Over the course of its journey, which exceeded 3,000 km in 37 days, the Journey from the Caspian visited spectacular water locations across Azerbaijan.

Highlighting the importance of the Islamic Solidarity Games, President of the Republic of Azerbaijan Ilham Aliyev says: “Today the Islamic world needs unity and solidarity like never before. Therefore, declaration of 2017 as “The Year of Islamic Solidarity” in Azerbaijan is a goodwill message to the Muslim community and to the whole world. Major goals of “The Year of Islamic Solidarity” are to strengthen unity in the Muslim world and to show the whole world that Islam is a religion of peace and culture. I think that apart from being a sporting event, the Islamic Solidarity Games will be the days of unity and solidarity of the Islamic world.”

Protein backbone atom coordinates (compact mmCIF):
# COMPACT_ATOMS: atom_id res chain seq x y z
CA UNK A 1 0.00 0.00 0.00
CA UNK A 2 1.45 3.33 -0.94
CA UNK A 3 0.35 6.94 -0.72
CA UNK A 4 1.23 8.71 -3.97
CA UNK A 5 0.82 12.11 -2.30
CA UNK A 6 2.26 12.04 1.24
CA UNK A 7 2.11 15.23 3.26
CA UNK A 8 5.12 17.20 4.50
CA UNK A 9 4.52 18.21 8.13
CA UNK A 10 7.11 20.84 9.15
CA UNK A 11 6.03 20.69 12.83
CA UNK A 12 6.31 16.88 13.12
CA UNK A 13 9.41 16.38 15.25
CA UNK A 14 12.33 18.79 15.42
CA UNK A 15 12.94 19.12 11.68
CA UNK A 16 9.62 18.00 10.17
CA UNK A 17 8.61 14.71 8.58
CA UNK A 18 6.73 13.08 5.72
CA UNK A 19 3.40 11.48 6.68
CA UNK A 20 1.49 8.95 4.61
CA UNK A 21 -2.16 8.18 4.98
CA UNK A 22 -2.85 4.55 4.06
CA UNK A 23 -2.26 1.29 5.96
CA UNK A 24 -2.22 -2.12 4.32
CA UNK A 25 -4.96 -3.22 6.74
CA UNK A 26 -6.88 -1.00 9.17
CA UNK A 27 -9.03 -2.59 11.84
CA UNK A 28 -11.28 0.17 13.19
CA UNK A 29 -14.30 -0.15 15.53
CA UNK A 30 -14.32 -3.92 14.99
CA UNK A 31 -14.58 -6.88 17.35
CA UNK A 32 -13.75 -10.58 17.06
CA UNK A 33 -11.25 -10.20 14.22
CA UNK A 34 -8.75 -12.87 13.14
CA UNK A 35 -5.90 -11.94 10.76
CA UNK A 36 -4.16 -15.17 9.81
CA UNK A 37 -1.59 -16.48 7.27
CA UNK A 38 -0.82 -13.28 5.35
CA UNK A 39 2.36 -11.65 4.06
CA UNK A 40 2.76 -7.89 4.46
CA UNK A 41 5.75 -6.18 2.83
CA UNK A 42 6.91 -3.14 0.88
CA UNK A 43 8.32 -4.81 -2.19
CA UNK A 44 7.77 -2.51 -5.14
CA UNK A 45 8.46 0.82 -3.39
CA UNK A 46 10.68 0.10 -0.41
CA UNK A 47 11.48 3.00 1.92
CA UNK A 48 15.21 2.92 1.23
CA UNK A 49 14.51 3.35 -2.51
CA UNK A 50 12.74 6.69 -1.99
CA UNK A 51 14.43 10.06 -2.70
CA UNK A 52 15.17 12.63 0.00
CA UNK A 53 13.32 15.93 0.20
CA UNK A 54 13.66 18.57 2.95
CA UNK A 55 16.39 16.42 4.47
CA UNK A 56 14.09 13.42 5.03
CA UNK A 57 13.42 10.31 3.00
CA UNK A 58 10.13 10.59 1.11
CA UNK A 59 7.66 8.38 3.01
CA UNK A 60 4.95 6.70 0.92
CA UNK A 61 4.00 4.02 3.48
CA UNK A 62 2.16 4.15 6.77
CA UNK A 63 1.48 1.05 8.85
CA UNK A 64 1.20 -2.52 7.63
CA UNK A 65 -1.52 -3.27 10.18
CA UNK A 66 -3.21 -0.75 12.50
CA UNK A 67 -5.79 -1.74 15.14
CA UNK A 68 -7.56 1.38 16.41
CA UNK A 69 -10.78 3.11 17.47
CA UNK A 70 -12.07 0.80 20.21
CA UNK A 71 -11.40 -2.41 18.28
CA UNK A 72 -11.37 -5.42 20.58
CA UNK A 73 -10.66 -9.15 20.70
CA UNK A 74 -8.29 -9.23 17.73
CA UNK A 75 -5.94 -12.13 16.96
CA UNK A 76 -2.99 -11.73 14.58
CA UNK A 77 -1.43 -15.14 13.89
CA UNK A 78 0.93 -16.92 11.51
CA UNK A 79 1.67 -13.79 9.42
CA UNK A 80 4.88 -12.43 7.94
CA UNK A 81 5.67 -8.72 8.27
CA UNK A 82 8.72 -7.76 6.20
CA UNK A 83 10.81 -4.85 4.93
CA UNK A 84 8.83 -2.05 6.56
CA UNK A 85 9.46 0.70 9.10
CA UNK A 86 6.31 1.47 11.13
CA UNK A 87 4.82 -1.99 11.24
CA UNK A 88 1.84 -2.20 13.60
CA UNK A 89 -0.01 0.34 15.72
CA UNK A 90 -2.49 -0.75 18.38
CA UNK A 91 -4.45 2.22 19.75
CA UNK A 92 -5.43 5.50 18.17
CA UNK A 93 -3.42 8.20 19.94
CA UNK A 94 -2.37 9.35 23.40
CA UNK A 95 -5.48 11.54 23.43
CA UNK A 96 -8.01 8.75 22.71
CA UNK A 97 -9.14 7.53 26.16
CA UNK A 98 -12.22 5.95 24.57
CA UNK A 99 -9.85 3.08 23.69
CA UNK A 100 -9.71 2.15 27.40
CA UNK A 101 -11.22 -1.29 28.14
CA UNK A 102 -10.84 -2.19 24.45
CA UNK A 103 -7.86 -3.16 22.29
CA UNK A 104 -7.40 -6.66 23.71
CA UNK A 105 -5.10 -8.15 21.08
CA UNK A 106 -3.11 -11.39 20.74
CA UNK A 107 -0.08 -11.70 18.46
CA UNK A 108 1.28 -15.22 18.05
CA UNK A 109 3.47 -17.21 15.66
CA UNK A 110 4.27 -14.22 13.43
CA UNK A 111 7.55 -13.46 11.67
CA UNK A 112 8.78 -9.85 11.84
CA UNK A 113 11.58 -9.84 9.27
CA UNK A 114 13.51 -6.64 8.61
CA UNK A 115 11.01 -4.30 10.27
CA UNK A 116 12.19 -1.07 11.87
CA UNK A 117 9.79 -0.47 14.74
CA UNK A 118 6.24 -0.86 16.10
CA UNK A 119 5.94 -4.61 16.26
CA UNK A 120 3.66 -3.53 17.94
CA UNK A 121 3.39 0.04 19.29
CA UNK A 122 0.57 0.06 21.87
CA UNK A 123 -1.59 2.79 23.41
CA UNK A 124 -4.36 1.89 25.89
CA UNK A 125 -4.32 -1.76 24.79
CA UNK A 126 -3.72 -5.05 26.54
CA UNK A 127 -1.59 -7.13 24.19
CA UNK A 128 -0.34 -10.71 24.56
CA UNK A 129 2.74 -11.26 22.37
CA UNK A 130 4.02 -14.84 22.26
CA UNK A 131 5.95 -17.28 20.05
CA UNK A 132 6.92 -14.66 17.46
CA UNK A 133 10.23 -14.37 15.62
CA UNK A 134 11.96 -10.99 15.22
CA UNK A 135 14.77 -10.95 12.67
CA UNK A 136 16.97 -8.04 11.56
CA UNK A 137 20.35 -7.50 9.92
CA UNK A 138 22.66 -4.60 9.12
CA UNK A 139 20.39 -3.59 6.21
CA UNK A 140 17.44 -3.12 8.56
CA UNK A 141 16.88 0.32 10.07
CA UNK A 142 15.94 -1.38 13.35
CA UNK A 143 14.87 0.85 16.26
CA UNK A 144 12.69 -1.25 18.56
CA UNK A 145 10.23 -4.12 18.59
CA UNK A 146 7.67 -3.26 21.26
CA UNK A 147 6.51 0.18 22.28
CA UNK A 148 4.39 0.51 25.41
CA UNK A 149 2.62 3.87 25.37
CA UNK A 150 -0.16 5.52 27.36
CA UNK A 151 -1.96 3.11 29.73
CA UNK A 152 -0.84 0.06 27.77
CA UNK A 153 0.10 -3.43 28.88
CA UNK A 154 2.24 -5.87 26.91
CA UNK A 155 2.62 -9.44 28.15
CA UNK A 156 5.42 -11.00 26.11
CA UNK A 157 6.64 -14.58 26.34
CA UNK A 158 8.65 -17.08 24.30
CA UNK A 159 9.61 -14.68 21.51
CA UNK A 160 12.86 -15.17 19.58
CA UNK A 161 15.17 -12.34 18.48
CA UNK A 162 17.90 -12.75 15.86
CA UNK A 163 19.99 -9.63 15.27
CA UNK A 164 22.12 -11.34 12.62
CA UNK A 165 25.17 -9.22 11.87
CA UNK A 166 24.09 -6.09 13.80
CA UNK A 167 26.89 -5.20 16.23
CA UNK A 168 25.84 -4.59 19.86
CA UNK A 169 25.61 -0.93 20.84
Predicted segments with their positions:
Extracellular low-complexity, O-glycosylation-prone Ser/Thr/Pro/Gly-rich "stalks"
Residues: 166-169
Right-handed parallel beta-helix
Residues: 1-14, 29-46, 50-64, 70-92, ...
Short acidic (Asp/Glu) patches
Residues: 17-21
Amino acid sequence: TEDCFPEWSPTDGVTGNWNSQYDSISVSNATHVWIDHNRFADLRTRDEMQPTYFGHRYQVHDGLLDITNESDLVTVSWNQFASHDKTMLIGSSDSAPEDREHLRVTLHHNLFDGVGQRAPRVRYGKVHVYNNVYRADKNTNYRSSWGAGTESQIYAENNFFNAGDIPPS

Mascots of the Games are Inje and Jasur – Karabakh horses, a national treasure of Azerbaijan. Inje personifies compassion and beauty, while Jasur embodies expertise and bravery. These horses are felt to be very symbolic of the Islamic Solidarity Games.

Baku 2017 Islamic Solidarity Games have four core values: Unity, Peace, Respect, and Excellence. The motto of the Games is “Solidarity is our strength!”

Prince Abdullah Bin Mosaad Bin Abdulaziz, President of the Islamic Solidarity Sports Federation, says: “I would like to thank the people of our wonderful host nation – Azerbaijan – and First Vice President Mehriban Aliyeva for her leadership as Chair of the Baku 2017 Organising Committee. Azerbaijan is passionate about sport, and has shown unwavering commitment to hosting an event of the highest standard. I have no doubt that these Games will be a credit to the hard work and commitment of Baku 2017’s organisers and volunteers, and that our athletes will be provided with the perfect conditions in which to excel.”